- Heather Dinich, ESPN Staff Writer
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RALEIGH, N.C. -- NC State pitching coach Tom Holliday walked out of the Dail baseball complex Sunday night wearing a Hawaiian button-down shirt with a gold cross dangling from his neck, his dark hair slicked back.
He looked more like Tony Soprano on vacation than a coach who just sweat out a 2-1 win over South Carolina in the Raleigh Regional championship game.
There are three good reasons for Holliday's relaxed demeanor during college baseball's most intense stretch of the season -- one being his incredibly deep and versatile bullpen, and another being a head coach who gives him free reign with it.
The third? NC State is still playing, and the bullpen is a major reason why.
The Wolfpack's nonstarters went 11 innings in the Raleigh Regional, giving up just one hit and no runs -- an impressive feat considering South Carolina entered the weekend ranked third in the country with 103 home runs. NC State held South Carolina's sluggers to just three hits in Sunday night's win.
Holliday, who has been to the College World Series 16 times, knows what it takes to get to Omaha. He is convinced that even without star closer Jimmy Gillheeney -- who hasn't been on the roster since prior to the ACC tournament for an undisclosed reason -- he's got the bullpen to get them there.
So far, Holliday has been right.
"The saddest thing is we're talking about a bullpen without our best," he said. "The best guy out of the whole group was Jimmy Gillheeney. And in a short period of time, to try to readjust and get people's minds focused on this I've never had one deeper than this."
That's a huge compliment, considering Holliday spent three years at Texas, where he coached nine pitchers from his first two teams who went on to play professional baseball and three more who were drafted in 2006.
"There's a couple guys in our bullpen that probably could be starters in a lot of places in this country," he said. "Sometimes you fall into a pitching staff as deep as this one and you gotta figure out a way to use them and keep them happy. You can't keep guys happy if they never get big innings. When you do what we did in this tournament, the big innings have been plentiful."
NC State's nonstarters boast a combined 2.49 ERA, and seven different players have saves and 10 have won games. They all have something unique to contribute.
"There's a variety," Holliday said, "but matching up is important. My job is to study the other ball club and play the matchups. These kids don't have to worry about that. They could go do whatever they want. I get paid to make sure we're ready for the other ballclub."
So far, NC State has gotten its money worth.
Holliday was hired last season as associate head coach/recruiting coordinator, and added title of pitching coach this season. At the end of the regular season, the Wolfpack ranked fourth in the country in ERA. The players' roles have been defined as the season has progressed, and Holliday calls all of the pitches. There's an immense amount of trust in him by both coach Elliott Avent and his players. For the first time in his career, Avent has not made one trip to the mound this season.
"He does all the pitching," Avent said. "I have nothing to do with the pitching. I have no idea. He's the best pitching coach in the country, has been for a long time. What he's taught our players -- he's incredible for studying film for six to eight hours to figure out how to get the opposing hitters out with our staff. He instills confidence in them that he's going to put them in a situation to make them successful."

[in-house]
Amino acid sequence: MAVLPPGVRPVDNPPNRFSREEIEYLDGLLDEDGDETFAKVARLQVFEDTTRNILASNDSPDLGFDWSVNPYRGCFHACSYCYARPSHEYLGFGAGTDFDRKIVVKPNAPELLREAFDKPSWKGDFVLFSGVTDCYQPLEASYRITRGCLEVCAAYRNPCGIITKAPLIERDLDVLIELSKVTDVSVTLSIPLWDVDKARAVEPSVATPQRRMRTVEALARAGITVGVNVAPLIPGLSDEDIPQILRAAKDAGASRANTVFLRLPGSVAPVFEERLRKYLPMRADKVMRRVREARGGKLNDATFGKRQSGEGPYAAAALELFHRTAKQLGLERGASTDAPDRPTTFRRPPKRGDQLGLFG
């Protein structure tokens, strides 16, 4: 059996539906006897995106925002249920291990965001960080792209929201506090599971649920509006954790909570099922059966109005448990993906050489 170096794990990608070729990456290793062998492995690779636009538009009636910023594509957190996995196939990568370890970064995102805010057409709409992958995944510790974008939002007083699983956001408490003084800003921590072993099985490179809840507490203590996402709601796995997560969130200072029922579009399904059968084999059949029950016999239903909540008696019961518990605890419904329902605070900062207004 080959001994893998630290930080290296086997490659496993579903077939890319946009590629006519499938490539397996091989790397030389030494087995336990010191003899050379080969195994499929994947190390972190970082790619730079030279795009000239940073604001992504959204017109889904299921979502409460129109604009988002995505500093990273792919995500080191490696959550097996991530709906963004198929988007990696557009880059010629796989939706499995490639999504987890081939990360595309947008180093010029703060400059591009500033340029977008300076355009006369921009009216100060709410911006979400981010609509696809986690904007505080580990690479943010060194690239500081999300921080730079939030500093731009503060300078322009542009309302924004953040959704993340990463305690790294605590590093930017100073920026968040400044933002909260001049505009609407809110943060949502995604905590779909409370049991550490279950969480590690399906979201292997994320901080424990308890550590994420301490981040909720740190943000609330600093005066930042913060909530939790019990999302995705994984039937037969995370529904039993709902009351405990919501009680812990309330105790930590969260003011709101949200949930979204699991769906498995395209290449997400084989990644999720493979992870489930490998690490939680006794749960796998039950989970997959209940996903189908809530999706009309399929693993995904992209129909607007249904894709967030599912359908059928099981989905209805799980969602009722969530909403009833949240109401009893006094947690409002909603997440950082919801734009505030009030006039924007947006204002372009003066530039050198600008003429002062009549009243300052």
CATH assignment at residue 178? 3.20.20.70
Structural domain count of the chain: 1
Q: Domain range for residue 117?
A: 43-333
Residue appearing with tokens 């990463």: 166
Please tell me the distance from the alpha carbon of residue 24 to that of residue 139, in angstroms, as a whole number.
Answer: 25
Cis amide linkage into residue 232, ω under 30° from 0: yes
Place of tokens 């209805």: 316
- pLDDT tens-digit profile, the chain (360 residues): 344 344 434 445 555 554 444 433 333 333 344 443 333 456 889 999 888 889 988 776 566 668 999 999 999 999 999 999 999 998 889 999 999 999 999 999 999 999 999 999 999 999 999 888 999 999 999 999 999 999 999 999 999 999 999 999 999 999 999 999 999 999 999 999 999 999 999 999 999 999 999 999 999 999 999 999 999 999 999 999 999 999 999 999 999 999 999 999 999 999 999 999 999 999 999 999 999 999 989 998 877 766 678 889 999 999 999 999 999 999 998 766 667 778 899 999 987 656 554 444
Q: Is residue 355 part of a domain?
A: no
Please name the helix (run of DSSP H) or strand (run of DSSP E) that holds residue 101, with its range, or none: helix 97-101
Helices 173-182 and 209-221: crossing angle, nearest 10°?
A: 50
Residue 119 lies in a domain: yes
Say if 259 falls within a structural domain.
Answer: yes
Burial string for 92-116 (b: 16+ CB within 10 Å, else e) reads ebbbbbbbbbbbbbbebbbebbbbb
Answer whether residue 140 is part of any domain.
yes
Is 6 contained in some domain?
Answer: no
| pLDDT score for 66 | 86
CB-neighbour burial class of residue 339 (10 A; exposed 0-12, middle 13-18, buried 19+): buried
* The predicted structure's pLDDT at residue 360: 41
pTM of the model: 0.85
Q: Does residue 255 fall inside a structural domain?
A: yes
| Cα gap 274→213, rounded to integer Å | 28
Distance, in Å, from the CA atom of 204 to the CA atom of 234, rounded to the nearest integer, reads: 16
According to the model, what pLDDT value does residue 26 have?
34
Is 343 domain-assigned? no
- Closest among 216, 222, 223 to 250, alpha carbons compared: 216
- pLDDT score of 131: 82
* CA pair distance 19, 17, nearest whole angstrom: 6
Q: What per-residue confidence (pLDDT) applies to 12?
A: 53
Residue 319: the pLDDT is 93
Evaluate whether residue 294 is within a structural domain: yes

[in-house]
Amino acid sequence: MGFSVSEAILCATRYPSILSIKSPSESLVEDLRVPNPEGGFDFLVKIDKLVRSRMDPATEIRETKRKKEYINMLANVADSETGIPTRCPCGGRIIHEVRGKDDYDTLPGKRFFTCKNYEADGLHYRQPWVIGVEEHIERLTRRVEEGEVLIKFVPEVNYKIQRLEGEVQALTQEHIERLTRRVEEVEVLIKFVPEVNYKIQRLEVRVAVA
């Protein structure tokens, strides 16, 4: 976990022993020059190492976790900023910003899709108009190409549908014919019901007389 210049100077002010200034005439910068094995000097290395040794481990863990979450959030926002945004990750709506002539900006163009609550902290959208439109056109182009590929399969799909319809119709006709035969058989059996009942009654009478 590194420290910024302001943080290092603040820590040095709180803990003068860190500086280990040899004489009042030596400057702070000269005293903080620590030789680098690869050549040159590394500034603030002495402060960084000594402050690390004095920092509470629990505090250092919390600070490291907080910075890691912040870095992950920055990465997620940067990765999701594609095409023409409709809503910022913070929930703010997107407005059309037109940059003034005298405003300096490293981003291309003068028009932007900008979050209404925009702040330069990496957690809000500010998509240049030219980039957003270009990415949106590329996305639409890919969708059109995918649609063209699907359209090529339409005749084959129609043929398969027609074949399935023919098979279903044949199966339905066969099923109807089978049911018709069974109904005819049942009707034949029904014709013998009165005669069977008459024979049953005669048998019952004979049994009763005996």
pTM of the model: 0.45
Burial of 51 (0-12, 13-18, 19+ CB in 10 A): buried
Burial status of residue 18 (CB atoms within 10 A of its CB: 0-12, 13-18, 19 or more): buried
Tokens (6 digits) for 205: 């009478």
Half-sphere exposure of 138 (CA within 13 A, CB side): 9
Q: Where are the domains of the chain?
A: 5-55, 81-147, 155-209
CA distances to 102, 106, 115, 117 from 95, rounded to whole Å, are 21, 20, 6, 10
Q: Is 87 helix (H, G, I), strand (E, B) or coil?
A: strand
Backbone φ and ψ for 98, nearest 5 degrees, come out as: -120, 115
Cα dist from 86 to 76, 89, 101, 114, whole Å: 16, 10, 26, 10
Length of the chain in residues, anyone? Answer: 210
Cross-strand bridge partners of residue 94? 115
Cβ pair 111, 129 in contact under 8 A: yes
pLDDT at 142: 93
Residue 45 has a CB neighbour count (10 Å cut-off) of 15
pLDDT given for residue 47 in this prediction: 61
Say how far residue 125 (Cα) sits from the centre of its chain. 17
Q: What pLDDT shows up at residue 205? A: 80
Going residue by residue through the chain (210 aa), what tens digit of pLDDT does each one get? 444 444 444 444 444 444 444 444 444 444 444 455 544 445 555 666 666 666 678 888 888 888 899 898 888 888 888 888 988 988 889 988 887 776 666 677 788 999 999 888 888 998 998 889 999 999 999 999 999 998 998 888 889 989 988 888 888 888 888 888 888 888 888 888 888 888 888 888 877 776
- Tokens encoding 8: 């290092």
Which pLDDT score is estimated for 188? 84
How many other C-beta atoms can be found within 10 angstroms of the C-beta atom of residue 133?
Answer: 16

They're also good enough, though, to create their own success.
Two redshirt juniors -- Joey Cutler and Kyle Rutter -- earned two wins in the Raleigh Regional. Against South Carolina on Sunday, Drew Taylor retired both Reese Havens and Justin Smoak, who combined for four home runs in the regional. Alex Sogard was the seventh Wolfpack reliever to record a save this season, as he retired all four South Carolina batters he faced Sunday night for his first career save. Holliday said he won't be afraid to use Sogard as his closer in the super regional, but could also use Eryk McConnell on Friday and Sunday.
"We played some good teams," said sophomore Sam Brown, who earned his first relief win Sunday. "South Carolina is probably one of the best hitting teams in the country. We just got out there and got ahead of them. When you get ahead of batters, you get outs. Props to our guys."
If anyone knows what the group is capable of, it's South Carolina coach Ray Tanner, who lost two one-run games to the Wolfpack this past weekend.
"The thing that I really liked about NC State and makes them as good as they are right now is their bullpen," Tanner said. "Not to take anything away from [starting pitcher] Clayton Shunick, because he's about as good as it gets, but they are able to go to that bullpen and use different guys. I know they miss Gillheeney, but they have other guys down there who are quality pitchers in their bullpen. Coach Holliday does a tremendous job of being able to mix and match. Those guys that he puts in have to be able to make pitches and perform, and they did that."
Heather Dinich covers college sports for ESPN.com. Send your questions and comments to Heather at firstname.lastname@example.org.
NC State is still playing baseball, and its deep pitching staff and talented pitching coach are major reasons why, writes Heather Dinich.